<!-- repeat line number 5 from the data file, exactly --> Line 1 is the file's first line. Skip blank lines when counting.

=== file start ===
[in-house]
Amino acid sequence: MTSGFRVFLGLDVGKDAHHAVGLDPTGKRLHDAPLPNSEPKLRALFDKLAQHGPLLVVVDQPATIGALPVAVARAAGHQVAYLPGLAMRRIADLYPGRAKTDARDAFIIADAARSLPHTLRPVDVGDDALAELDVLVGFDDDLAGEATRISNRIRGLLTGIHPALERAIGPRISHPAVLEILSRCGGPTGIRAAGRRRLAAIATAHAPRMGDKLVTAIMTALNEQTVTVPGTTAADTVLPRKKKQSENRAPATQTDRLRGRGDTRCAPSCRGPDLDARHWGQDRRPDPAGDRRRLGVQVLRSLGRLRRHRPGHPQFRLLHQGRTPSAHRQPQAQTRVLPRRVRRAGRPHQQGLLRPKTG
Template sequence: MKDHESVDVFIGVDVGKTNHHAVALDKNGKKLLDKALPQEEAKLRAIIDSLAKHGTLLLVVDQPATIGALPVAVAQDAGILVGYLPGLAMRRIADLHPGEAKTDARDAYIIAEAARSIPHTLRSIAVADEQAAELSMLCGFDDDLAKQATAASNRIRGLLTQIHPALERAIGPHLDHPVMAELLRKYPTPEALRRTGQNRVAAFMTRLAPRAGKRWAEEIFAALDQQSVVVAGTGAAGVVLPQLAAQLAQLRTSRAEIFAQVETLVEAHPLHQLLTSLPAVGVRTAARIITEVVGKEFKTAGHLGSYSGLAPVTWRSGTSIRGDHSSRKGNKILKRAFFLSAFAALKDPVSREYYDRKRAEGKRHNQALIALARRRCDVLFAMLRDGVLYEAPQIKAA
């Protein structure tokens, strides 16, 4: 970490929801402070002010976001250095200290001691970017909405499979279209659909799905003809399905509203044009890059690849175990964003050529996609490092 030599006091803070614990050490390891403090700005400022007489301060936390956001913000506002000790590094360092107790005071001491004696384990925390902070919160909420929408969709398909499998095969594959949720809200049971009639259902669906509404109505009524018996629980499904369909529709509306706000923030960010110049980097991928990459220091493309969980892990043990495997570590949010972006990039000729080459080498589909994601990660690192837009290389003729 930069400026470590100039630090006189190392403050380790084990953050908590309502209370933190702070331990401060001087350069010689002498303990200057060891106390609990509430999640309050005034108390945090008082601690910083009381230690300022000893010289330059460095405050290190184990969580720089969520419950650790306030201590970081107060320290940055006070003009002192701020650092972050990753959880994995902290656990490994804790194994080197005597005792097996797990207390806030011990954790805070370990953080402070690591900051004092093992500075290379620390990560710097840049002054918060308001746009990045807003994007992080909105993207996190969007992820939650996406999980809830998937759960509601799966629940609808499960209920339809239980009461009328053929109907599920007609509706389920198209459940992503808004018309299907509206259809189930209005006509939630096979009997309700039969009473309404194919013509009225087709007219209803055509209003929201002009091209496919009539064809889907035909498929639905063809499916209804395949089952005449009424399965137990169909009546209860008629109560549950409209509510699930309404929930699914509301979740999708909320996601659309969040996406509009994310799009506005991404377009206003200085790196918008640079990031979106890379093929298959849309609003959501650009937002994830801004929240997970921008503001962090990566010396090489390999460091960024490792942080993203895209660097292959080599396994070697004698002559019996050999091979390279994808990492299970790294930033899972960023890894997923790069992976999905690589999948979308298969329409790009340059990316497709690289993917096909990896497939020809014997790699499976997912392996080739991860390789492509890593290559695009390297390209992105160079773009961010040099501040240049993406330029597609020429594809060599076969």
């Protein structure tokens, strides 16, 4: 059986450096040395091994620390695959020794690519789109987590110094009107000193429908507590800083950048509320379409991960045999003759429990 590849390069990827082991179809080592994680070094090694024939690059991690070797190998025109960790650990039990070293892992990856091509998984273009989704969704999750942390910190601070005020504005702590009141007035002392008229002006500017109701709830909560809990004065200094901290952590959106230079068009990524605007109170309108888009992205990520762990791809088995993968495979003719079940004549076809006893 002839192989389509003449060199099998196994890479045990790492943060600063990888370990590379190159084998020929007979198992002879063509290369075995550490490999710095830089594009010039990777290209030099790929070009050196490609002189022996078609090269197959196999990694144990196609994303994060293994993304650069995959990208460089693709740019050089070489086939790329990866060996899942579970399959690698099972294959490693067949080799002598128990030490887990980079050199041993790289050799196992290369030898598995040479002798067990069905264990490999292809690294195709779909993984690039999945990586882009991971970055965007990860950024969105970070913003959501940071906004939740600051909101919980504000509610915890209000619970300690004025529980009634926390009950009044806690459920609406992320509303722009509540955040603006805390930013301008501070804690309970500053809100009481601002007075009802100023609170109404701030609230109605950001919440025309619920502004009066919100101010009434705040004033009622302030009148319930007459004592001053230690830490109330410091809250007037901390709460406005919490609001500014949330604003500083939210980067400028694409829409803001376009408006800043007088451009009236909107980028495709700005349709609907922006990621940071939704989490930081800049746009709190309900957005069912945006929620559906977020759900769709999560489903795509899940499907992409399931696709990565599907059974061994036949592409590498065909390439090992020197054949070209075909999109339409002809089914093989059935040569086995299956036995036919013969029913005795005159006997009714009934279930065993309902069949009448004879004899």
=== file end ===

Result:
């Protein structure tokens, strides 16, 4: 059986450096040395091994620390695959020794690519789109987590110094009107000193429908507590800083950048509320379409991960045999003759429990 590849390069990827082991179809080592994680070094090694024939690059991690070797190998025109960790650990039990070293892992990856091509998984273009989704969704999750942390910190601070005020504005702590009141007035002392008229002006500017109701709830909560809990004065200094901290952590959106230079068009990524605007109170309108888009992205990520762990791809088995993968495979003719079940004549076809006893 002839192989389509003449060199099998196994890479045990790492943060600063990888370990590379190159084998020929007979198992002879063509290369075995550490490999710095830089594009010039990777290209030099790929070009050196490609002189022996078609090269197959196999990694144990196609994303994060293994993304650069995959990208460089693709740019050089070489086939790329990866060996899942579970399959690698099972294959490693067949080799002598128990030490887990980079050199041993790289050799196992290369030898598995040479002798067990069905264990490999292809690294195709779909993984690039999945990586882009991971970055965007990860950024969105970070913003959501940071906004939740600051909101919980504000509610915890209000619970300690004025529980009634926390009950009044806690459920609406992320509303722009509540955040603006805390930013301008501070804690309970500053809100009481601002007075009802100023609170109404701030609230109605950001919440025309619920502004009066919100101010009434705040004033009622302030009148319930007459004592001053230690830490109330410091809250007037901390709460406005919490609001500014949330604003500083939210980067400028694409829409803001376009408006800043007088451009009236909107980028495709700005349709609907922006990621940071939704989490930081800049746009709190309900957005069912945006929620559906977020759900769709999560489903795509899940499907992409399931696709990565599907059974061994036949592409590498065909390439090992020197054949070209075909999109339409002809089914093989059935040569086995299956036995036919013969029913005795005159006997009714009934279930065993309902069949009448004879004899």